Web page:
2. Apparently a son of the preceding, is mentioned by Diodorus as joined with Phocion in the command of an expedition destined to recover Cyprus for the king of Persia, from whom it had revolted. (B. C. 351.) They succeeded in reducing all the island with the exception of Salamis, which was held by Pnytagoras, probably a brother of this Evagoras.
The latter had obtained from the Persian king a promise of his father's government in case he could effect its conquest; but the siege being protracted. Evagoras by some means incurred the displeasure of Artaxerxes, who became reconciled to Pnytagoras, and left him in the possession of Salamis, while he appointed Evagoras to a government in the interior of Asia. Here, however, he again gave dissatisfaction, and was accused of maladministration, in consequence of which lie fled to Cyprus, where he was seized and put to death. (Diod. 16.42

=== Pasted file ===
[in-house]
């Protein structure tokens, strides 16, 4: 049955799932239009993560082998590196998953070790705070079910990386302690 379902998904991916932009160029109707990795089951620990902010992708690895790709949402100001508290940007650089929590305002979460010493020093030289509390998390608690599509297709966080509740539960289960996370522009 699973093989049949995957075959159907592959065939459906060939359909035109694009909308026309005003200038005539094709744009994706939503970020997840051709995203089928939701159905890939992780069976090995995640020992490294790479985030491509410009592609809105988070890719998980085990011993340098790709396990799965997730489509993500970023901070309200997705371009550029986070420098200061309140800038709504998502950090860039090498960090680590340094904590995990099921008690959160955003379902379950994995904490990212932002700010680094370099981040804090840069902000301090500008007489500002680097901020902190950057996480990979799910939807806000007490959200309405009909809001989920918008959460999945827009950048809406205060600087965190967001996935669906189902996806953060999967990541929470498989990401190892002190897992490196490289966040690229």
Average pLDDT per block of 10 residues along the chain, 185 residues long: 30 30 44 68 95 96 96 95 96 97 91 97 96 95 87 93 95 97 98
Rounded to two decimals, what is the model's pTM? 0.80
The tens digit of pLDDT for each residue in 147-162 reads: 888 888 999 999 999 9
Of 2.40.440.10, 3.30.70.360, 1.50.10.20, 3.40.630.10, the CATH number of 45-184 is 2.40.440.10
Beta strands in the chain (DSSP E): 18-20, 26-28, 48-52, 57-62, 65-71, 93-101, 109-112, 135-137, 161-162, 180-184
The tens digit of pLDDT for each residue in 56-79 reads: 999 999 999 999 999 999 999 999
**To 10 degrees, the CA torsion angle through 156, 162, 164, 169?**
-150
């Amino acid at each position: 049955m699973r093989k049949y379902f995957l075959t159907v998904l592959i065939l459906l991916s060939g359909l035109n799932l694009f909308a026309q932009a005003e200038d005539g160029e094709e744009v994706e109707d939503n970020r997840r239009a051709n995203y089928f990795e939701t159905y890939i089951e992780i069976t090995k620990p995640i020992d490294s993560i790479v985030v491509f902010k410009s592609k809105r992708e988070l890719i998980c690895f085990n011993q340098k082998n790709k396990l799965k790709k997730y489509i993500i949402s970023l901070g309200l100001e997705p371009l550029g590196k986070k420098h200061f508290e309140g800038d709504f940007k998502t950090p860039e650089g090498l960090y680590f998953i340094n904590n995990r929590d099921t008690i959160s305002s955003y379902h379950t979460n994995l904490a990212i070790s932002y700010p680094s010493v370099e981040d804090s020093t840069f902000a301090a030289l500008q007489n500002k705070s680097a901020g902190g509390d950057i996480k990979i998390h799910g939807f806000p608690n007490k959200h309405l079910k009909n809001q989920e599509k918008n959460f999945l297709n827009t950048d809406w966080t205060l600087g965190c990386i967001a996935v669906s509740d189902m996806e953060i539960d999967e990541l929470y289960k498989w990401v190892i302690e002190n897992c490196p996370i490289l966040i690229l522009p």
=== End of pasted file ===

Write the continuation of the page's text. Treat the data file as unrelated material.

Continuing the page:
The annexed coin belongs to this Evagoras.